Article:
No one wants to buy something they don’t need or want. That sounds like a duh, but many times businesses try to sell solutions to a client who doesn’t realize they have a problem.

Often, we just go right to the solution without even mentioning the problem. Let’s say that I want to sell my home in the next 12 months. You own a landscape business and send me information about how good your work is, showing me pictures of gorgeous yards, etc.

But I dismiss it, because I’m not going to live in my house much longer so why spend money on something I won’t get to enjoy?

You’ve lost the sale, because I don’t know I need you. But if one of your marketing pieces was titled “5 landscaping tricks to sell your house faster” now you have my attention.

If the first line of body copy told me that 34% of buyers passed on at least one home because the landscaping was disappointing – you have just converted a “no” into an interested prospect.
Now you have my attention.

By paying attention to these two elements – you can effectively avoid all four of the mistakes I mentioned.

You’ll speak in their language and only talk about what matters to them – their problems and how you can solve them.


Enhanced by Zemanta

They’ll buy when they trust

September 27, 2012

Here’s an equation that every business owner needs to understand.

Know + Like + Trust = Buy.

Whether you sell toothbrushes or multi-million dollar medical equipment and everything in between — until a customer:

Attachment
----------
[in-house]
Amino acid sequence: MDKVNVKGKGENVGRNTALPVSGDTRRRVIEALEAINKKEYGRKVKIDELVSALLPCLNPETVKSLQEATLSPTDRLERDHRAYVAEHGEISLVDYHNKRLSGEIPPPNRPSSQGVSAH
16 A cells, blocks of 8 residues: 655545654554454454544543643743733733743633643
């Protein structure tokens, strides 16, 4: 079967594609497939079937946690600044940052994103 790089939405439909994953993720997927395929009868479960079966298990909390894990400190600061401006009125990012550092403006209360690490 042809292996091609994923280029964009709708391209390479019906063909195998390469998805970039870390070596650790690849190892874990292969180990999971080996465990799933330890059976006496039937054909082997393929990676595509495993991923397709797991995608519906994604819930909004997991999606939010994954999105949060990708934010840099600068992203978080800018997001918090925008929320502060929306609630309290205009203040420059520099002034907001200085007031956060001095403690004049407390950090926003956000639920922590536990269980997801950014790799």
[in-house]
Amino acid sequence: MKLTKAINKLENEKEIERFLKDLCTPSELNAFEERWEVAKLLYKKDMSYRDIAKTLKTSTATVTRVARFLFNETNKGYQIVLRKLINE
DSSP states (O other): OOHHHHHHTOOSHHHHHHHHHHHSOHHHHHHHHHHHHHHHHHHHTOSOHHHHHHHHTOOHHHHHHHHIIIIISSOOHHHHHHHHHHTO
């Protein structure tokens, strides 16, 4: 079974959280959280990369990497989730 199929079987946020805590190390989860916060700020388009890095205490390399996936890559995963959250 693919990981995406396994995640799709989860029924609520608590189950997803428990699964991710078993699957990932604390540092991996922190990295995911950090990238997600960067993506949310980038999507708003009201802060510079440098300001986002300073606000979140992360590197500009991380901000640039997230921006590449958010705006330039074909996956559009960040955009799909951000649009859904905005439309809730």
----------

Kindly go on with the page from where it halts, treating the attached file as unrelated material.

• Knows who you are
  • Likes who you are
  • Trusts you

there is no purchase.  The depth of the trust required varies but there must be at least a base level of trust in place before anyone will spend a dime.

One of the things I love about social media/content marketing is that it is hard-wired to help savvy business people maximize this equation.

Know = search.  If I can’t find you, then I can’t know you exist.  Understanding how potential customers are using search when they want what you sell is vital to your business success today. Do you know what key words and phrases you should be mindful of? Are you creating content that will leverage that?

Like = social networks/blogs. When I hang out with you, in person or online, I get a sense of who you are and whether or not I like who you are.  When I read your blog, I begin to learn who you are and what you believe.  Are you out there, creating conversations and relationships?  If not — when are you going to start?

Trust = consistency online and off.  It’s easy to fake being nice, smart or helpful once or twice. But that’s tough to pull off on a consistent basis. We know that when it comes to our offline world.  And we’re learning it’s just as true online as well.  One of the greatest elements of having a digital presence is that it can quickly provide someone with a long term view of who/how you are.  That builds trust.

That equation lines up perfectly with how content marketing/social media is supposed to work.  When you create great, helpful content that aligns with how people search — you create that long tail effect that drives people to you. When you share it through your social networks and it’s done without being pushy or sleazy, people will come to like and respect you. Like and respect evolves into trust when you behave consistently in the same way.